Battle racism by updating GCSE reading lists

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katie williams
katie williams signed this petition

Petition to get Good Immigrant (Nikesh Shukla) and Why I’m No longer Talking to White People About Race (Reni Eddo-Lodge), on the GCSE reading list.

The current English GCSE reading list consists of authors ranging from 19th Century writers such as; Charles Dickens, George Elliot and Charlotte Bronte. Shakespeare dominates a large portion of reading lists, and modern prose shows a little more diversity with Meera Syal and Maya Angelou amongst George Orwell and John Steinbeck. Although these lists of literature span a wide range of content, they do very little to reflect our current society.

Current books on the curriculum - https://schoolreadinglist.co.uk/tag/gcse/

With recent events in America (the murder of George Floyd by a police officer), we need to look closer to home on how we can learn from these acts of horror, and how we can lead by example to be the change we want to see, so we can prevent these events from happening again. 

Education is where it starts. Although you can have debates and go on marches in the hope of battling closed minds, school is where minds are opened and where we should grasp the opportunity to teach students about diversity and our current society, including the injustices.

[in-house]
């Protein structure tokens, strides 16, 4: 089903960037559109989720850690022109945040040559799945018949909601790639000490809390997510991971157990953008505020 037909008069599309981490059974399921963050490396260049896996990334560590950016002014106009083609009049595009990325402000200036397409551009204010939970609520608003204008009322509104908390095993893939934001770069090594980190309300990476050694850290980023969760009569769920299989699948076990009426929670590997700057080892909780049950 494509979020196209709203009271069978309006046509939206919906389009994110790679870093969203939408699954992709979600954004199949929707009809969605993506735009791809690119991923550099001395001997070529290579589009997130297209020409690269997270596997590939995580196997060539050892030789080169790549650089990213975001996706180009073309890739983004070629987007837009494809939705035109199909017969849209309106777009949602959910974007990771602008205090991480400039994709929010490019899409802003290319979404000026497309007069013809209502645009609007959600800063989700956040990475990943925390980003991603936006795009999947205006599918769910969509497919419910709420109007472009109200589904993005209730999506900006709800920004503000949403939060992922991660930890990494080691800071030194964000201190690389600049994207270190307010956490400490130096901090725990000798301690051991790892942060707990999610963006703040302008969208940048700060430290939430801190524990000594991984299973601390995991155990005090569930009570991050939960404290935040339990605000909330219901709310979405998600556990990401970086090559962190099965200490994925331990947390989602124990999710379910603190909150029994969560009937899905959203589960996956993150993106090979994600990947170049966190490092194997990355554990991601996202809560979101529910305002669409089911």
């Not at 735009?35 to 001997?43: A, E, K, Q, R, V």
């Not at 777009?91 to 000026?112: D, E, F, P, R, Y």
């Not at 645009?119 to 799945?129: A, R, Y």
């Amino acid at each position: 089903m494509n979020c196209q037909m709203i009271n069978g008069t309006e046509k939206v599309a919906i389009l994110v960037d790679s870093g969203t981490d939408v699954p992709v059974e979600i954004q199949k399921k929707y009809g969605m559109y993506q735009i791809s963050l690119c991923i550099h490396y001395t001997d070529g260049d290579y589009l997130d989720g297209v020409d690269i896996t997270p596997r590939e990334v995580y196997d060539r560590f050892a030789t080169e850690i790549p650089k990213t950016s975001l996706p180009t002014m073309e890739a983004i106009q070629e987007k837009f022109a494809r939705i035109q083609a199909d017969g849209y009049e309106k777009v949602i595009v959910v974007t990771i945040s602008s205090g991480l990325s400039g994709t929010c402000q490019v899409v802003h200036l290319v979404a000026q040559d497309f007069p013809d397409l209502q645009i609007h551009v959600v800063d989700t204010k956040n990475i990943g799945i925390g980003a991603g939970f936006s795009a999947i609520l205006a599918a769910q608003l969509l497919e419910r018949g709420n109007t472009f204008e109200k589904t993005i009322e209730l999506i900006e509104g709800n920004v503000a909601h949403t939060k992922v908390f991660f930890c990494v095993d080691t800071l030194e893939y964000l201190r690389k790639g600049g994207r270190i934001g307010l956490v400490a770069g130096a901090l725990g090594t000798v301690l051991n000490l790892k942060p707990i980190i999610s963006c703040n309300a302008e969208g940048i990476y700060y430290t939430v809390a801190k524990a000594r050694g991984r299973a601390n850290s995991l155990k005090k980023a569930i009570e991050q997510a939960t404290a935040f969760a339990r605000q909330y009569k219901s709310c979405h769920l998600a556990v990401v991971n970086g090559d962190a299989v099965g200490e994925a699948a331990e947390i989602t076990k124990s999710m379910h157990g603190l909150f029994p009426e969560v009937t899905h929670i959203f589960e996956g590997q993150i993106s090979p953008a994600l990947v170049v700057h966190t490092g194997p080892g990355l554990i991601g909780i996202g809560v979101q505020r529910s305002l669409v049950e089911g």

That is why I am proposing the following books be added to the GCSE reading lists - 

  • The Good Immigrant by Nikesh ShuklaA collection of essays written by a wide range of the BAME personalities voicing their experiences of racism in this country. The contributors range from actors, to journalism, musicians and writers.  Each essay offers a different perspective and view point. 
  • Why I am no longer talking to white people about Race by Reni Eddo-LodgeThis books spans a wide range of issues relating to the institutional racism of this country. It confronts British history, feminism and the class system. This book started out as a blog post and after such a wide response, Eddo-Lodge decided to expand her response. It’s had international success. 


These two books wouldn’t only contribute diversity to the current GCSE reading lists, they would also highlight our current society’s diversity, inequalities and opportunities for change. Highlighting this to young adults will hopefully ignite a desire to be part of the change and also stamp out ignorance towards diversity.